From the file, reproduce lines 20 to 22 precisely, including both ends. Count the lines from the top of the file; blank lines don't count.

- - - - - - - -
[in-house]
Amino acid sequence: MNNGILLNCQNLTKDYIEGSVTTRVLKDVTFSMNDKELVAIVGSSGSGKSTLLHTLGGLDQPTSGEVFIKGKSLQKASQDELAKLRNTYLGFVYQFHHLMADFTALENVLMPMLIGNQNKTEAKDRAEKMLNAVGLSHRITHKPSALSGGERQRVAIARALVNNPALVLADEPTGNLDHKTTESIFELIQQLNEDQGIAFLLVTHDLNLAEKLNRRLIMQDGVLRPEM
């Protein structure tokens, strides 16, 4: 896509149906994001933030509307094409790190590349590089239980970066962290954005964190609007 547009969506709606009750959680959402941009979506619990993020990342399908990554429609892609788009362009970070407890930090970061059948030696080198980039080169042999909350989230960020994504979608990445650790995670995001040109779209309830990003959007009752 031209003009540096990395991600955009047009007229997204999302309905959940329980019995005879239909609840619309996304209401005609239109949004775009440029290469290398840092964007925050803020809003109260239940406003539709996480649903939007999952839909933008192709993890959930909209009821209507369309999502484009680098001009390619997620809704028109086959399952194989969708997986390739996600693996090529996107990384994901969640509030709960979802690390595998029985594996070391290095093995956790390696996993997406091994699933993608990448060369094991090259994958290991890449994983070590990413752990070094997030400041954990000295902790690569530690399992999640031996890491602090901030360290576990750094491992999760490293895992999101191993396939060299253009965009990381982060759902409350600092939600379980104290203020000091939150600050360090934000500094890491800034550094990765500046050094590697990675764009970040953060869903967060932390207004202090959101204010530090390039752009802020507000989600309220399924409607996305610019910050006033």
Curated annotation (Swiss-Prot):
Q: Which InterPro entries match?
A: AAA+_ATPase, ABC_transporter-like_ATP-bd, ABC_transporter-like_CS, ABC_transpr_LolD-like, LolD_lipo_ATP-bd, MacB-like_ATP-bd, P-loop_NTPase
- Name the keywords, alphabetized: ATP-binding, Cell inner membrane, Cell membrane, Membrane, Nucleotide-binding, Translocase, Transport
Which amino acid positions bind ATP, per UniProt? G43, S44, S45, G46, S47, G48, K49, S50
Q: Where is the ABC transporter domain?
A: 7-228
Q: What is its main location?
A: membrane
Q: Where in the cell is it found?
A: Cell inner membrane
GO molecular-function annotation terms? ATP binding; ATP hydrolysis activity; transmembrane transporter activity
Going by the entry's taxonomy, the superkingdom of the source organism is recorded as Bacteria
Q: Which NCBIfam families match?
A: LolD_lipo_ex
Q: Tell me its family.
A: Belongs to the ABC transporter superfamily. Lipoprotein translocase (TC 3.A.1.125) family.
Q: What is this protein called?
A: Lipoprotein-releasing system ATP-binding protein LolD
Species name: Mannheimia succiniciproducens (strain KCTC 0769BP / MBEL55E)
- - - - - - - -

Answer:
A: Belongs to the ABC transporter superfamily. Lipoprotein translocase (TC 3.A.1.125) family.
Q: What is this protein called?
A: Lipoprotein-releasing system ATP-binding protein LolD